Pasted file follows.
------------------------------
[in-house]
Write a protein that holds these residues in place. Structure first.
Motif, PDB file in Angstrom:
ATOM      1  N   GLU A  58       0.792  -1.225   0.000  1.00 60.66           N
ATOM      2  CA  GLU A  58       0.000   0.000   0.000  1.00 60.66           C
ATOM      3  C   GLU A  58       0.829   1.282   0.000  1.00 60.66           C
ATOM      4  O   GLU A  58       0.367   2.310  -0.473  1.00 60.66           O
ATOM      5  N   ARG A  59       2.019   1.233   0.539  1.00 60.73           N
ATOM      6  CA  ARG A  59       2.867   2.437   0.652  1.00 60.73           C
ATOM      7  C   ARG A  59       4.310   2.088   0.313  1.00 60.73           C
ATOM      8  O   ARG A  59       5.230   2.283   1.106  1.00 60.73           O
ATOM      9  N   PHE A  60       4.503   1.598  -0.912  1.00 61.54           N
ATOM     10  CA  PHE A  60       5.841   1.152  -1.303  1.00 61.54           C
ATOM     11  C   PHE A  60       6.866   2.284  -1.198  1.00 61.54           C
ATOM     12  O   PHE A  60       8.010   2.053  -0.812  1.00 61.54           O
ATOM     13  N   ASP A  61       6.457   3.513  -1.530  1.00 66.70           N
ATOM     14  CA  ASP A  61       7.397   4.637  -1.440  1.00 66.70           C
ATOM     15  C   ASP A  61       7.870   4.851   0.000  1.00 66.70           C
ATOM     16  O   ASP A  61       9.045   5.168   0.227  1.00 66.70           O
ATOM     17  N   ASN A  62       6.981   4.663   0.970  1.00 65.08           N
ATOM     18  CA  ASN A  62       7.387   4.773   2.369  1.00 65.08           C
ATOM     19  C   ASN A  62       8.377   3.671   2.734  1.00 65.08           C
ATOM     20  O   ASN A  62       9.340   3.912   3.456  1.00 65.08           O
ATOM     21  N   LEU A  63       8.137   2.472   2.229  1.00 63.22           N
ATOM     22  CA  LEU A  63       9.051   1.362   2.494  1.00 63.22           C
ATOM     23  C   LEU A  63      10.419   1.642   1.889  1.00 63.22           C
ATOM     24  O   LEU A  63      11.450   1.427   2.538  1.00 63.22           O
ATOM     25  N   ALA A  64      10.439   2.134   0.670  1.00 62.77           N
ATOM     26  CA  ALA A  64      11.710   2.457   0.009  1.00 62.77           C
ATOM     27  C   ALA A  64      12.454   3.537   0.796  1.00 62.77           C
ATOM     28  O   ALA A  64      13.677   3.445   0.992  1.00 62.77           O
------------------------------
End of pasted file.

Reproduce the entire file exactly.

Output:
[in-house]
Write a protein that holds these residues in place. Structure first.
Motif, PDB file in Angstrom:
ATOM      1  N   GLU A  58       0.792  -1.225   0.000  1.00 60.66           N
ATOM      2  CA  GLU A  58       0.000   0.000   0.000  1.00 60.66           C
ATOM      3  C   GLU A  58       0.829   1.282   0.000  1.00 60.66           C
ATOM      4  O   GLU A  58       0.367   2.310  -0.473  1.00 60.66           O
ATOM      5  N   ARG A  59       2.019   1.233   0.539  1.00 60.73           N
ATOM      6  CA  ARG A  59       2.867   2.437   0.652  1.00 60.73           C
ATOM      7  C   ARG A  59       4.310   2.088   0.313  1.00 60.73           C
ATOM      8  O   ARG A  59       5.230   2.283   1.106  1.00 60.73           O
ATOM      9  N   PHE A  60       4.503   1.598  -0.912  1.00 61.54           N
ATOM     10  CA  PHE A  60       5.841   1.152  -1.303  1.00 61.54           C
ATOM     11  C   PHE A  60       6.866   2.284  -1.198  1.00 61.54           C
ATOM     12  O   PHE A  60       8.010   2.053  -0.812  1.00 61.54           O
ATOM     13  N   ASP A  61       6.457   3.513  -1.530  1.00 66.70           N
ATOM     14  CA  ASP A  61       7.397   4.637  -1.440  1.00 66.70           C
ATOM     15  C   ASP A  61       7.870   4.851   0.000  1.00 66.70           C
ATOM     16  O   ASP A  61       9.045   5.168   0.227  1.00 66.70           O
ATOM     17  N   ASN A  62       6.981   4.663   0.970  1.00 65.08           N
ATOM     18  CA  ASN A  62       7.387   4.773   2.369  1.00 65.08           C
ATOM     19  C   ASN A  62       8.377   3.671   2.734  1.00 65.08           C
ATOM     20  O   ASN A  62       9.340   3.912   3.456  1.00 65.08           O
ATOM     21  N   LEU A  63       8.137   2.472   2.229  1.00 63.22           N
ATOM     22  CA  LEU A  63       9.051   1.362   2.494  1.00 63.22           C
ATOM     23  C   LEU A  63      10.419   1.642   1.889  1.00 63.22           C
ATOM     24  O   LEU A  63      11.450   1.427   2.538  1.00 63.22           O
ATOM     25  N   ALA A  64      10.439   2.134   0.670  1.00 62.77           N
ATOM     26  CA  ALA A  64      11.710   2.457   0.009  1.00 62.77           C
ATOM     27  C   ALA A  64      12.454   3.537   0.796  1.00 62.77           C
ATOM     28  O   ALA A  64      13.677   3.445   0.992  1.00 62.77           O